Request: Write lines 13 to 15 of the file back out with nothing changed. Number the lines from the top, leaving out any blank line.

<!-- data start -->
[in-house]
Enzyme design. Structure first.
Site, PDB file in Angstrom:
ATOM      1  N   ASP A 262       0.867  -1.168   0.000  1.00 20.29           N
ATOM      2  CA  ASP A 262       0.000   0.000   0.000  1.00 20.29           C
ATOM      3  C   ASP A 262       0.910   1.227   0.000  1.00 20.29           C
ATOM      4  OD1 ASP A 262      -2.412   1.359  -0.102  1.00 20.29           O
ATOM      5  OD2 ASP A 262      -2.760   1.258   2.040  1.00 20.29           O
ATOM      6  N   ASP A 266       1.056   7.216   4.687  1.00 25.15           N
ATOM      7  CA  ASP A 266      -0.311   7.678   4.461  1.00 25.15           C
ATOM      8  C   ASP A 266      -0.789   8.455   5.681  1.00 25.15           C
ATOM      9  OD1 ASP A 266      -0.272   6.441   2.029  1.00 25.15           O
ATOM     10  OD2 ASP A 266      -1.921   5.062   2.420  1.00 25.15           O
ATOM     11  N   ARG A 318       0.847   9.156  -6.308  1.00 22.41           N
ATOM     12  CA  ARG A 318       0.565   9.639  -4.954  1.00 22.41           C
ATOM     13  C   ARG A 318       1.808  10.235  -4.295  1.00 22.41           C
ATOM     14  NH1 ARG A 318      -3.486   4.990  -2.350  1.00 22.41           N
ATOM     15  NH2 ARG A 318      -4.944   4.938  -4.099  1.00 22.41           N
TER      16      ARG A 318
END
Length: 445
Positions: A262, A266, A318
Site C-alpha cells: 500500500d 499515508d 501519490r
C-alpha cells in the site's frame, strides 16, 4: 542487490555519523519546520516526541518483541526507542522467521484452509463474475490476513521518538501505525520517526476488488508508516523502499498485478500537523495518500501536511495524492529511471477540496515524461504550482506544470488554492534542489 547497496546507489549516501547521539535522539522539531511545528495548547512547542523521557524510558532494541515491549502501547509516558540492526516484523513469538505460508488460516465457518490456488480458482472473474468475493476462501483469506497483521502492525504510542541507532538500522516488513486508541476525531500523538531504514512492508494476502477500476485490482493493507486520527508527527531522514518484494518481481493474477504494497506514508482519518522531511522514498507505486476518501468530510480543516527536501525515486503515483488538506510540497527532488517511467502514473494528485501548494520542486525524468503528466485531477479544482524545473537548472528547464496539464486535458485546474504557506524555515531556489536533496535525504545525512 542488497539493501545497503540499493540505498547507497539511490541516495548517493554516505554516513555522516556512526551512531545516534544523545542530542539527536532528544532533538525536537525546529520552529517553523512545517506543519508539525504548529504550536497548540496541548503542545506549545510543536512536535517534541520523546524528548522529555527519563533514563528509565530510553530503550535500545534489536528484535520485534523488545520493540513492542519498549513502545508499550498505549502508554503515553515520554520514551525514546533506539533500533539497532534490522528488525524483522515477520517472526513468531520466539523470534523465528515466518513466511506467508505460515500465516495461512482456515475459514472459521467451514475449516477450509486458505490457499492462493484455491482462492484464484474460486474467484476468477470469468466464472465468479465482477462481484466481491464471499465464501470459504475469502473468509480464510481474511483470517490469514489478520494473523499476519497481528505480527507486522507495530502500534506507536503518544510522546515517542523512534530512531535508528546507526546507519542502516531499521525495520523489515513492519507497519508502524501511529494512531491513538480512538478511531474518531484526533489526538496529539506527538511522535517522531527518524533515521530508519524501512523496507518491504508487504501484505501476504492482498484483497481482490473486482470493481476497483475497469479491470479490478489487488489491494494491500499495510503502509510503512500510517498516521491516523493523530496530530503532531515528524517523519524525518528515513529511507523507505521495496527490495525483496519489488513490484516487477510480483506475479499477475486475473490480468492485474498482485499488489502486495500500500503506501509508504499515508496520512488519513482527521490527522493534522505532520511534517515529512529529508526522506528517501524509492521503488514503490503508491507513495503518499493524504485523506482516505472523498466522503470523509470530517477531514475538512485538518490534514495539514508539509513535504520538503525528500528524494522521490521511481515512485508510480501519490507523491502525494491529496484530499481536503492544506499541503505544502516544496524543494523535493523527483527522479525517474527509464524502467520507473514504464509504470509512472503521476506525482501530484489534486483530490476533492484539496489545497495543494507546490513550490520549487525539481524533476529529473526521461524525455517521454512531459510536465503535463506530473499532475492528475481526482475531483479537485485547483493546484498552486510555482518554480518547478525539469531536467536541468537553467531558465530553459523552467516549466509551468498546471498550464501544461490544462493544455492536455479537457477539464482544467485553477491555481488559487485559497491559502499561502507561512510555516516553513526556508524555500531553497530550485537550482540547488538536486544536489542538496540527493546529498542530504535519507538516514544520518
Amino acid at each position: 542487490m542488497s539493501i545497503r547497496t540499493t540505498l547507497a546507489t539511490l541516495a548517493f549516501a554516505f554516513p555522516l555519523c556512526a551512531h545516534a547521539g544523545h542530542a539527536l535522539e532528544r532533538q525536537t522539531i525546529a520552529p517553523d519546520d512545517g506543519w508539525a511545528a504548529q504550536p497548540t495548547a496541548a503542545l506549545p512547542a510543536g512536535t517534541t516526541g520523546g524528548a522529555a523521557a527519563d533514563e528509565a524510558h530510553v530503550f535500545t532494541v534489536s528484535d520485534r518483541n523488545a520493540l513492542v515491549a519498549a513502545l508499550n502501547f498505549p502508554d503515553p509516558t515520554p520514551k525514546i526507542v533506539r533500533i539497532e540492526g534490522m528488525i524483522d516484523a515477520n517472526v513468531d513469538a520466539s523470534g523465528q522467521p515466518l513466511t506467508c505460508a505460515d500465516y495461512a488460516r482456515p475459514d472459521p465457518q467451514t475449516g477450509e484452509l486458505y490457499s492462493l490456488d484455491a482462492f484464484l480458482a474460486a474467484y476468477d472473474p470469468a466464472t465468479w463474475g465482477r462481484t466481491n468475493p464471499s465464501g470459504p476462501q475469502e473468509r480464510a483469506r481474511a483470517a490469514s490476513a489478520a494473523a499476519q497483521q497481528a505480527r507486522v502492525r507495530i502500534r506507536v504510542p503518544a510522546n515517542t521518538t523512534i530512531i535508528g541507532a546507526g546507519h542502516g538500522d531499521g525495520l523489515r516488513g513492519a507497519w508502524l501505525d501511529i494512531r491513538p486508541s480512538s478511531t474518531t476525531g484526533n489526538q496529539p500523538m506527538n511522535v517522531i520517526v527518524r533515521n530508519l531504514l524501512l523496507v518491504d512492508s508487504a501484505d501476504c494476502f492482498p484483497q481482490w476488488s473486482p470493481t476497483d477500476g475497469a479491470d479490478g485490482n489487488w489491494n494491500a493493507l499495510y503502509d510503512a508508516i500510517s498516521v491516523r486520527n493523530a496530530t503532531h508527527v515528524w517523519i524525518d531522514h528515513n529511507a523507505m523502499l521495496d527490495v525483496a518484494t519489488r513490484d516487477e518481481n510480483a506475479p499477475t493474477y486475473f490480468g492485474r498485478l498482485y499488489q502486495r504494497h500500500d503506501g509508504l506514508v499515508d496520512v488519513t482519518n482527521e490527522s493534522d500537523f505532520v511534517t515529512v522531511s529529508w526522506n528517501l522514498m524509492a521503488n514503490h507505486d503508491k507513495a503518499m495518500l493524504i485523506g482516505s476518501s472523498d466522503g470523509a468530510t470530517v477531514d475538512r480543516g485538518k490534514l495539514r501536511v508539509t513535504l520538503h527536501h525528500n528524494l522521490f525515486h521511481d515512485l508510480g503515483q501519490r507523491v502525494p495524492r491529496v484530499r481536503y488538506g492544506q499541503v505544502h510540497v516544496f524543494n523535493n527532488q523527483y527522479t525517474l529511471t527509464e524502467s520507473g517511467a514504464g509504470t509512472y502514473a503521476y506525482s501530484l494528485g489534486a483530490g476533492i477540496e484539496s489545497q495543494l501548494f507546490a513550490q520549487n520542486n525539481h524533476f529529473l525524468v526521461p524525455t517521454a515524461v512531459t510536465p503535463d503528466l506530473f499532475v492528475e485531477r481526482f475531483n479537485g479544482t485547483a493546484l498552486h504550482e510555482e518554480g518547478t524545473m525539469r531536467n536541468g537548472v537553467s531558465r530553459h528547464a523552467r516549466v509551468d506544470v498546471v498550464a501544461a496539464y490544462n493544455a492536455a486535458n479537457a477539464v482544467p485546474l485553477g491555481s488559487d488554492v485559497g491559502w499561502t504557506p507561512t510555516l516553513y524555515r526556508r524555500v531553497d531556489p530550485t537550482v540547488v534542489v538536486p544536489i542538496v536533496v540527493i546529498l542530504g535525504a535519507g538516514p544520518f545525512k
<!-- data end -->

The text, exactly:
ATOM     10  OD2 ASP A 266      -1.921   5.062   2.420  1.00 25.15           O
ATOM     11  N   ARG A 318       0.847   9.156  -6.308  1.00 22.41           N
ATOM     12  CA  ARG A 318       0.565   9.639  -4.954  1.00 22.41           C